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Why Warren Buffett Thinks You Should Go Passive
Perspective | 30 October 2014
By: Peter Ng
Articles (81) Profile

One particularly interesting insight which was written in the latest shareholders’ letter of Berkshire Hathaway for FY13, was a strategy which Warren Buffett shared and proclaimed that could achieve long-term results, superior to those attained by most investors.

This strategy is as simple as investing 10 percent of an investor’s total investable funds into short-term government bonds and the remaining 90 percent into a very low-cost Standard & Poor’s (S&P) 500 index fund (he suggested one from Vanguard).

Passive Investing

These index funds which Buffett mentioned, are termed exchange traded funds (ETFs) where these funds could be formed with different objectives, but nonetheless offer almost the same type of benefits. The two main advantages are diversification and lower expenses.

As opposed to active stock picking where an investor handpicks a few stocks to include into his portfolio, an investor who invests in an index fund will be able to participate in the overall performance of the stock market. While some may argue that active selection could yield higher returns, and may be true if an investor is to be correct with his stock picks, however, if he is proven incorrect, the damage will be magnified due to concentration risks.

Even the most seasoned fund managers would dart the wrong picks. In the 1990s, an average diversified mutual fund returned an annualised 13.9 percent return compared to the S&P 500 which returned 17.3 percent.

Secondly, expenses for ETFs which are measured by expense ratios are generally lower than traditional mutual funds (or unit trusts in Singapore). Compared to the average expense ratio of 1.5 percent for a mutual fund, an ETF’s expense ratio is typically 0.25 percent and for Vanguard S&P 500 (mentioned by Buffett), it is 0.18 percent.

Smart Beta

Since the inception of the first ETF in 1976, more types of ETFs are created and introduced to the markets. One such type of ETF is known as alternative beta funds (also known as smart beta funds) which David M. Blitzer, managing director and chairman of the index committee at S&P Dow Jones Indices, has shared through an exclusive interview with Shares Investment.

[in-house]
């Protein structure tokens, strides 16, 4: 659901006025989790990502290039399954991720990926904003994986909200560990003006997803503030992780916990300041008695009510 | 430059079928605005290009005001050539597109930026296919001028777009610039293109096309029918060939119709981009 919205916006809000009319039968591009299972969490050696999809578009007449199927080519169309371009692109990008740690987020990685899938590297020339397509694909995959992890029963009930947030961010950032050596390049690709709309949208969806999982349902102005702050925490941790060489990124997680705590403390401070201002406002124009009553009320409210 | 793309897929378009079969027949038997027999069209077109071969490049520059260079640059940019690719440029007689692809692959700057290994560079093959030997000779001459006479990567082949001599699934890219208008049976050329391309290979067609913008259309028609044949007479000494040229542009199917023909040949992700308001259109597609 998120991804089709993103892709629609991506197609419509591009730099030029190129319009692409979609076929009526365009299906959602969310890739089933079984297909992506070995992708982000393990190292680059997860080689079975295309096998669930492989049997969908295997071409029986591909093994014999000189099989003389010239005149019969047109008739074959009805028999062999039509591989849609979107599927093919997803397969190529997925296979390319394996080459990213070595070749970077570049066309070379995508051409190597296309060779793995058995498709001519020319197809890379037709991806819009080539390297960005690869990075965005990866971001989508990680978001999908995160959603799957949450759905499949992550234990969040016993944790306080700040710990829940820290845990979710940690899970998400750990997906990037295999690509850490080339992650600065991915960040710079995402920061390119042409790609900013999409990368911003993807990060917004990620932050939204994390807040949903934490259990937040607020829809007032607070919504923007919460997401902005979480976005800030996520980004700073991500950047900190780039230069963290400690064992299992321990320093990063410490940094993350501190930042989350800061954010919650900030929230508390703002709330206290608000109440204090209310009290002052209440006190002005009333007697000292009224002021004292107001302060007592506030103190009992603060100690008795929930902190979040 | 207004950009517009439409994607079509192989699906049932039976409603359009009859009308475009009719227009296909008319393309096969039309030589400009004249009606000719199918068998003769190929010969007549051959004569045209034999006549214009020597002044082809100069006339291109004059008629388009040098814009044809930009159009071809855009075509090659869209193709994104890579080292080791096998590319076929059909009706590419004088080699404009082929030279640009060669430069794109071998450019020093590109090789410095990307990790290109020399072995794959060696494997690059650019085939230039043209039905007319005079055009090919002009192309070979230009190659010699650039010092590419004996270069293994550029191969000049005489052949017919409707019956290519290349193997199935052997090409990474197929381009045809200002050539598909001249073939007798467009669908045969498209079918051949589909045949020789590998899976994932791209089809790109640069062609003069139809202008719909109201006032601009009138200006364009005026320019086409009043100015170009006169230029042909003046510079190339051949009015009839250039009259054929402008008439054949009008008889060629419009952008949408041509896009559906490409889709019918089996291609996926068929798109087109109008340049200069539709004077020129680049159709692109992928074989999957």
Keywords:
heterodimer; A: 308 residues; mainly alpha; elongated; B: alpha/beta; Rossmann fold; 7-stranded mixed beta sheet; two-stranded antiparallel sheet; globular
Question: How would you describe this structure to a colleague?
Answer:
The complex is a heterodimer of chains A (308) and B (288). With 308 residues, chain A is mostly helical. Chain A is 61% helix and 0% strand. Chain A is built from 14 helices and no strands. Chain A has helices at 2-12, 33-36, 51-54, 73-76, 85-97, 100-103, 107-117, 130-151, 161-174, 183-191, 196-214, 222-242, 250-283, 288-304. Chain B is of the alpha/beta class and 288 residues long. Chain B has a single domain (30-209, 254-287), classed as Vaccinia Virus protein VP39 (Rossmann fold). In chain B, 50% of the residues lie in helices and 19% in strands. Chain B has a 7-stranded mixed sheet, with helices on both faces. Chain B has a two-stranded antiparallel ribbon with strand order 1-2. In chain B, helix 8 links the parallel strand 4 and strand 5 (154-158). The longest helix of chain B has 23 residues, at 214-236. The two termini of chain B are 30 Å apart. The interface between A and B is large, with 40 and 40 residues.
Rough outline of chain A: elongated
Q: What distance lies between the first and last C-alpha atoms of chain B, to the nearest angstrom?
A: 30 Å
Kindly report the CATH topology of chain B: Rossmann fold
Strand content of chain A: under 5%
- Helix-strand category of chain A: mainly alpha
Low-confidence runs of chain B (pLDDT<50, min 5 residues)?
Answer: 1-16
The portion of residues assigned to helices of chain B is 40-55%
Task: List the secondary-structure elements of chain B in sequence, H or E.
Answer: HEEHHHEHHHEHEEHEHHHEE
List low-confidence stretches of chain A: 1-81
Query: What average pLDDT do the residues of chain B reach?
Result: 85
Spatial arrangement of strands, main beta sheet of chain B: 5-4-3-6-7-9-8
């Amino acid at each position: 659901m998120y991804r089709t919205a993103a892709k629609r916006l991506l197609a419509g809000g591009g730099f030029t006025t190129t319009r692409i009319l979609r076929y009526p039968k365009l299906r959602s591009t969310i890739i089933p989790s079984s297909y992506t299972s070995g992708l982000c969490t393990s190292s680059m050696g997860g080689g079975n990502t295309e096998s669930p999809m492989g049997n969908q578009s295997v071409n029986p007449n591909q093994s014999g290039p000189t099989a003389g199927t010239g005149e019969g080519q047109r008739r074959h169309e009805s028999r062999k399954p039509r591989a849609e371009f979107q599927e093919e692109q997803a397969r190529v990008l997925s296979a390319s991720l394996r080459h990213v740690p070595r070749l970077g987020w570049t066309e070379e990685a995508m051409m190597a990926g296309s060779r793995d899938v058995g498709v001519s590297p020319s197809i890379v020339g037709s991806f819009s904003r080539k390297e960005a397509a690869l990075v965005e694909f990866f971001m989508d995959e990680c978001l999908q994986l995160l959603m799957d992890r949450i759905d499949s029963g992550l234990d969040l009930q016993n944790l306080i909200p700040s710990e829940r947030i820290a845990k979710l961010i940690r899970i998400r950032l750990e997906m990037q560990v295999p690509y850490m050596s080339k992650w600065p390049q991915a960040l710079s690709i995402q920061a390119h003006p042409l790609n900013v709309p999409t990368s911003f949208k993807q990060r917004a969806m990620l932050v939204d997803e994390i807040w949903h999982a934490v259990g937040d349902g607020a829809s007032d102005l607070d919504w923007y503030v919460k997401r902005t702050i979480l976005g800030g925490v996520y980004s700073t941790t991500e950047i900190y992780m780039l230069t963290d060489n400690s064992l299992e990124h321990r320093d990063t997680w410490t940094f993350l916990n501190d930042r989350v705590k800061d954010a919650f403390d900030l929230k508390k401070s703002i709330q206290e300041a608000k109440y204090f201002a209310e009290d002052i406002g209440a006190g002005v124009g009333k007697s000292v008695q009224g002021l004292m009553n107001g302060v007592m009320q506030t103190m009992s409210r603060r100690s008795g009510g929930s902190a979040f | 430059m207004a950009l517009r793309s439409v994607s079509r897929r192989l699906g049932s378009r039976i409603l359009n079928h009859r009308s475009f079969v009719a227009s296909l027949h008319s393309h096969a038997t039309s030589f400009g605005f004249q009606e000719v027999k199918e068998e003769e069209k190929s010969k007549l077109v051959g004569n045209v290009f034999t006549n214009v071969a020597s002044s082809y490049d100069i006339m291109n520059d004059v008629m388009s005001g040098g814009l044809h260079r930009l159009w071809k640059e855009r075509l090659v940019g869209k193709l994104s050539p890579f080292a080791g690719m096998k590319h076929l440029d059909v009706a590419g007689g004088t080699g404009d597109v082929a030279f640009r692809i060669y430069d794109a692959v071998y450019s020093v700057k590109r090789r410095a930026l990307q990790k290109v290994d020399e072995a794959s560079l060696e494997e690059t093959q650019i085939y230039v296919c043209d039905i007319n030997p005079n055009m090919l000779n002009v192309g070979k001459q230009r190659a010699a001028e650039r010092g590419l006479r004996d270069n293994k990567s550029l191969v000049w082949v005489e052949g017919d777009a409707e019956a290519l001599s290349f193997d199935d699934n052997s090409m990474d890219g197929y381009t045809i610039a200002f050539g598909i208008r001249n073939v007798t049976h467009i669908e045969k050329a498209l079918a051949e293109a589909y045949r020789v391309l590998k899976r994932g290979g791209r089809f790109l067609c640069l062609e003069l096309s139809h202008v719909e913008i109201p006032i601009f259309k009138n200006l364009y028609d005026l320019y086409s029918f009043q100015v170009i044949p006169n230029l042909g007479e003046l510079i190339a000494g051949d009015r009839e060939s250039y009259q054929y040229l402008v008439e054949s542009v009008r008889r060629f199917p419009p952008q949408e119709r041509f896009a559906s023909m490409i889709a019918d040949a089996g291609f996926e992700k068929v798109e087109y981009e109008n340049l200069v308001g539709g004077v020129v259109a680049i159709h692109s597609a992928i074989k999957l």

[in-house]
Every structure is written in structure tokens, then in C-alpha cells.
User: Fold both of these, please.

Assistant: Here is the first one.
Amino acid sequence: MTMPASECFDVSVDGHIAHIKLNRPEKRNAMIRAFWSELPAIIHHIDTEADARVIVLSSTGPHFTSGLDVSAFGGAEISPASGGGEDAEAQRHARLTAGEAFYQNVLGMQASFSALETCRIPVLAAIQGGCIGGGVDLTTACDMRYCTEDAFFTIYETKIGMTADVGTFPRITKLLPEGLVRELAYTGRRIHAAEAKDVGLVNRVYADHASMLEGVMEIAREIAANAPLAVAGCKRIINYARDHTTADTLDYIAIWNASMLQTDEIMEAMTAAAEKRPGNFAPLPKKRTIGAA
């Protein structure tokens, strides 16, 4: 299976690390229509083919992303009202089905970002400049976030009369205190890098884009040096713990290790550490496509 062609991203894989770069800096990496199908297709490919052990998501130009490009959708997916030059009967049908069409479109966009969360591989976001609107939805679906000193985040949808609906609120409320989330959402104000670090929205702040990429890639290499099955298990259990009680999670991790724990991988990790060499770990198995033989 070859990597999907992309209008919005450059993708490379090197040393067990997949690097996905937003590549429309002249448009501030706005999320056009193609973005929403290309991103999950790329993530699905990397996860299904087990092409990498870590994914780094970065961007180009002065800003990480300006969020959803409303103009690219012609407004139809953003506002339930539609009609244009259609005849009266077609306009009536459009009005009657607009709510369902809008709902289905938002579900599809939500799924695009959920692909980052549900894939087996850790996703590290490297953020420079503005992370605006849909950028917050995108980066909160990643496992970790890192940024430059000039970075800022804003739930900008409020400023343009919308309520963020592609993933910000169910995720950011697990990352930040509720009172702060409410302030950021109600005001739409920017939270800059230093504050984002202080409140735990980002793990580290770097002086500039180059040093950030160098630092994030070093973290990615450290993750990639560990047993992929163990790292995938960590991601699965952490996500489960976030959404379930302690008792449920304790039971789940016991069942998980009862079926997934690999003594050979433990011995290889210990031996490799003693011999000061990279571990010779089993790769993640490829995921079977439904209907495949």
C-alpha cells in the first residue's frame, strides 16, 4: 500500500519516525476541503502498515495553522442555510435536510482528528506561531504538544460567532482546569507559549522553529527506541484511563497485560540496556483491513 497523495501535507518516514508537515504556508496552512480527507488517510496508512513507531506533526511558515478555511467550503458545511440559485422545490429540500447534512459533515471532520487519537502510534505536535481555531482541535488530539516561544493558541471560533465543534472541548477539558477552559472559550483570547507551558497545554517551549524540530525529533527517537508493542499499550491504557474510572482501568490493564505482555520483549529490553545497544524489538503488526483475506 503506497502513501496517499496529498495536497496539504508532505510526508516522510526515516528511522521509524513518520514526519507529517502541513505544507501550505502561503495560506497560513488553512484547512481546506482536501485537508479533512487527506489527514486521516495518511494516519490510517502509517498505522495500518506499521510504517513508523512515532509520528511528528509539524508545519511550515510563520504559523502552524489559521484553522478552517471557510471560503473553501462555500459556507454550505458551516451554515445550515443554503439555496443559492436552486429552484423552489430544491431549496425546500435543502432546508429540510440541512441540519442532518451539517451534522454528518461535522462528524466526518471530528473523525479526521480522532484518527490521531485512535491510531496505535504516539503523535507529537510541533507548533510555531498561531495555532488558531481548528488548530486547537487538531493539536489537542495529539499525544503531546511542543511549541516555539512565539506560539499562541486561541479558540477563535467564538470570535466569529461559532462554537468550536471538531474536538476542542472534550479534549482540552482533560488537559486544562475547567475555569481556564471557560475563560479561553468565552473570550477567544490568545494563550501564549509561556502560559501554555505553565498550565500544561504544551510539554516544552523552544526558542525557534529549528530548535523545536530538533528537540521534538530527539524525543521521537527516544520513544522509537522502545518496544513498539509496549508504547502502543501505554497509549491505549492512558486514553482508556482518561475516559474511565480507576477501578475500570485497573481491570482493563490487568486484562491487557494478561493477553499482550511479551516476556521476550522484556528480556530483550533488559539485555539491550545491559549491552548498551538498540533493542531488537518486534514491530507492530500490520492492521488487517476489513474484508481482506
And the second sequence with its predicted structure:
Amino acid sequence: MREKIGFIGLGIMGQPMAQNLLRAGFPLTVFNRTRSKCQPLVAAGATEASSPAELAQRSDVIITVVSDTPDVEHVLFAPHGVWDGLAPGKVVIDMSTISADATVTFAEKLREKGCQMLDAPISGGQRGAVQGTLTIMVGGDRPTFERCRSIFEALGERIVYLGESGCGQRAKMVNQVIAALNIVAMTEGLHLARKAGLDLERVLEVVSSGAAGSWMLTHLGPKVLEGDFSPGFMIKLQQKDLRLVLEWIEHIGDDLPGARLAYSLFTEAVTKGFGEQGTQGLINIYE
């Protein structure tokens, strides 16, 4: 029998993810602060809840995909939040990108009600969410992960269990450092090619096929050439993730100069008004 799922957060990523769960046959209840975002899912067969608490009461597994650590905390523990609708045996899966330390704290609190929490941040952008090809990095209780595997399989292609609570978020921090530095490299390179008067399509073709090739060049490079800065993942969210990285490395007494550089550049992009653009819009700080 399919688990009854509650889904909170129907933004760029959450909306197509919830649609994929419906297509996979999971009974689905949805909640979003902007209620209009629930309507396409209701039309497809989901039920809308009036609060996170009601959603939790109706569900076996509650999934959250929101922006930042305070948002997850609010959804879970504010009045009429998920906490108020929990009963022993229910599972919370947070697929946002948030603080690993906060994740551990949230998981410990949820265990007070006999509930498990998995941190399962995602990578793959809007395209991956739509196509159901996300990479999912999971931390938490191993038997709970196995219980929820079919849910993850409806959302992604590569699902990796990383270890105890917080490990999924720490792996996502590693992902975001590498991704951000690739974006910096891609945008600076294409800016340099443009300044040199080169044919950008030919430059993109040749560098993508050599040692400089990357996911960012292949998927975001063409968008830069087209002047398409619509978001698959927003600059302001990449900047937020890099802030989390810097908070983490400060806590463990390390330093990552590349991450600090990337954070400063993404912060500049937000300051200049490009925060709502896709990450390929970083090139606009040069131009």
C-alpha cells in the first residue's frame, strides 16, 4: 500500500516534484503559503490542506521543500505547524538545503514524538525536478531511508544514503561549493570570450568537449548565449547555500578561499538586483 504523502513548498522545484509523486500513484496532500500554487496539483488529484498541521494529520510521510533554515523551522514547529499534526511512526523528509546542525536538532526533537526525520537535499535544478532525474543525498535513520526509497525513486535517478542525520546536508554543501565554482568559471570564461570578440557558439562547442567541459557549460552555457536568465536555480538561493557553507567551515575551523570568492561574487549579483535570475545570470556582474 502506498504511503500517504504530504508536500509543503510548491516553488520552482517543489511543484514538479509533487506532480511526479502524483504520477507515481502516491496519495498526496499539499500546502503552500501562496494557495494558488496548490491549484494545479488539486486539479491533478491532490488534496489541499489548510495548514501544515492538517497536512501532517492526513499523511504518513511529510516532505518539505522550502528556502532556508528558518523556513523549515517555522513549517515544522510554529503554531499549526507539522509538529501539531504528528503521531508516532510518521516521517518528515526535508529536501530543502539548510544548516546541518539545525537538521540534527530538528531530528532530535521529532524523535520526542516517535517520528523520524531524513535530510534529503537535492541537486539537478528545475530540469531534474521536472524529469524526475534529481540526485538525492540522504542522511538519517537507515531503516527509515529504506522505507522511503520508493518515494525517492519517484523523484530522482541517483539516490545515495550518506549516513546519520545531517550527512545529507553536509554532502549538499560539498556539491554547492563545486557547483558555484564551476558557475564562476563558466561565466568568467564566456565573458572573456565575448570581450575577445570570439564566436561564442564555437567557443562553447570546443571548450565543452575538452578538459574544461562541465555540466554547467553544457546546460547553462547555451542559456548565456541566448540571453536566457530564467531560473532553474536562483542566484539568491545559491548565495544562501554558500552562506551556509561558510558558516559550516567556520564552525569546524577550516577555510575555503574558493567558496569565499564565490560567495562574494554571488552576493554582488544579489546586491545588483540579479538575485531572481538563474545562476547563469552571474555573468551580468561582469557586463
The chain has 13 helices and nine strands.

Alternative beta funds are passively managed funds that encompass strategies apart from the traditional benchmark of inserting stocks of companies into a portfolio based on market capitalisation, shared Blitzer. These funds which emulate strategies which were once used by actively managed funds like mutual funds and hedge funds, have now been packaged into ETFs and conveniently traded on a stock exchange.

Blitzer noted that pursuant to the conditions of the economic environment, investors have differing appetite and preference for their investments. Alternative beta funds make the fit as they are almost limitless in customisation and the probability of an investor finding a desired strategy in the numerous options within these funds is likely to be high. Although the expense ratios of alternative beta ETFs are slightly higher than ETFs based on a conventional market benchmark, however, they are still significantly lesser than active funds.

One type of alternative beta funds that has attracted interests of late is low volatility funds. As the name suggests, these funds invest in a pool of low volatility stocks such as utilities and consumer staples. As these stocks are able to weather periods of volatility better due to their larger degree of earnings visibility, stock prices are likely to be more resilient compared to cyclical stocks. Considering the volatility in the market attributed to the rocky global economic environment, there are no surprises on the growing investors’ enthusiasm towards pursuing a defensive investment strategy.

As alternative beta funds are currently unavailable on the Singapore Exchange, a local investor would have to purchase these securities via an overseas exchange such as the New York Stock Exchange.

Backed by a strong interest in investments, Peter's research spans across a range of industries, with his focus placed on companies listed on the SGX.

Please click here for more information about this author.

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